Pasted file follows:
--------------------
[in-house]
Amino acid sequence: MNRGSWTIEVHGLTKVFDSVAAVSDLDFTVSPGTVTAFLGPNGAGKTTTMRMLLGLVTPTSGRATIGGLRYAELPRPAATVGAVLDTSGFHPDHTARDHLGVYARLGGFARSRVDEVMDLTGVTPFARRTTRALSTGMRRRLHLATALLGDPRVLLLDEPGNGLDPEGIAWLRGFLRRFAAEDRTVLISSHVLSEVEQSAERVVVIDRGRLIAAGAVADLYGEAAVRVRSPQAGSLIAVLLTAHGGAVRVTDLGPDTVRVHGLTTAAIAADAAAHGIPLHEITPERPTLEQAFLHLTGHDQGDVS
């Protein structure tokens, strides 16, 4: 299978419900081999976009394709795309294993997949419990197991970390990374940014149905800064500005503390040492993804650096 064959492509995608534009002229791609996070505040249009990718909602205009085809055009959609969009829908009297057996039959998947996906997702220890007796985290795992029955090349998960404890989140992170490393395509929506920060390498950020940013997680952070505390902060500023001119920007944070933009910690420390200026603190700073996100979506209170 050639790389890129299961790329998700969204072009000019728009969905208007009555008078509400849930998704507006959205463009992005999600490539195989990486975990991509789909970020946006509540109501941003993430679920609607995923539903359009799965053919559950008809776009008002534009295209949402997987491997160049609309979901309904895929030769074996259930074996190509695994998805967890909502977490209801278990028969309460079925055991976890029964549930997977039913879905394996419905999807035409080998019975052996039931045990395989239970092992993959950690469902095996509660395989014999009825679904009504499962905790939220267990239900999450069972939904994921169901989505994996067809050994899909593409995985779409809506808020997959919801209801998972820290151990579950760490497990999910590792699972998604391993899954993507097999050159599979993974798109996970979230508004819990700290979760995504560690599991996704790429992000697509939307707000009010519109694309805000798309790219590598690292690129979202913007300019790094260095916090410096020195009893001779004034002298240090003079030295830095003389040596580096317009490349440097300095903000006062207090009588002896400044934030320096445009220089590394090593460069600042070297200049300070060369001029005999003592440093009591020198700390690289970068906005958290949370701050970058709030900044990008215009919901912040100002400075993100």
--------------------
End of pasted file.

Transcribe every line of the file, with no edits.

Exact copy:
[in-house]
Amino acid sequence: MNRGSWTIEVHGLTKVFDSVAAVSDLDFTVSPGTVTAFLGPNGAGKTTTMRMLLGLVTPTSGRATIGGLRYAELPRPAATVGAVLDTSGFHPDHTARDHLGVYARLGGFARSRVDEVMDLTGVTPFARRTTRALSTGMRRRLHLATALLGDPRVLLLDEPGNGLDPEGIAWLRGFLRRFAAEDRTVLISSHVLSEVEQSAERVVVIDRGRLIAAGAVADLYGEAAVRVRSPQAGSLIAVLLTAHGGAVRVTDLGPDTVRVHGLTTAAIAADAAAHGIPLHEITPERPTLEQAFLHLTGHDQGDVS
């Protein structure tokens, strides 16, 4: 299978419900081999976009394709795309294993997949419990197991970390990374940014149905800064500005503390040492993804650096 064959492509995608534009002229791609996070505040249009990718909602205009085809055009959609969009829908009297057996039959998947996906997702220890007796985290795992029955090349998960404890989140992170490393395509929506920060390498950020940013997680952070505390902060500023001119920007944070933009910690420390200026603190700073996100979506209170 050639790389890129299961790329998700969204072009000019728009969905208007009555008078509400849930998704507006959205463009992005999600490539195989990486975990991509789909970020946006509540109501941003993430679920609607995923539903359009799965053919559950008809776009008002534009295209949402997987491997160049609309979901309904895929030769074996259930074996190509695994998805967890909502977490209801278990028969309460079925055991976890029964549930997977039913879905394996419905999807035409080998019975052996039931045990395989239970092992993959950690469902095996509660395989014999009825679904009504499962905790939220267990239900999450069972939904994921169901989505994996067809050994899909593409995985779409809506808020997959919801209801998972820290151990579950760490497990999910590792699972998604391993899954993507097999050159599979993974798109996970979230508004819990700290979760995504560690599991996704790429992000697509939307707000009010519109694309805000798309790219590598690292690129979202913007300019790094260095916090410096020195009893001779004034002298240090003079030295830095003389040596580096317009490349440097300095903000006062207090009588002896400044934030320096445009220089590394090593460069600042070297200049300070060369001029005999003592440093009591020198700390690289970068906005958290949370701050970058709030900044990008215009919901912040100002400075993100």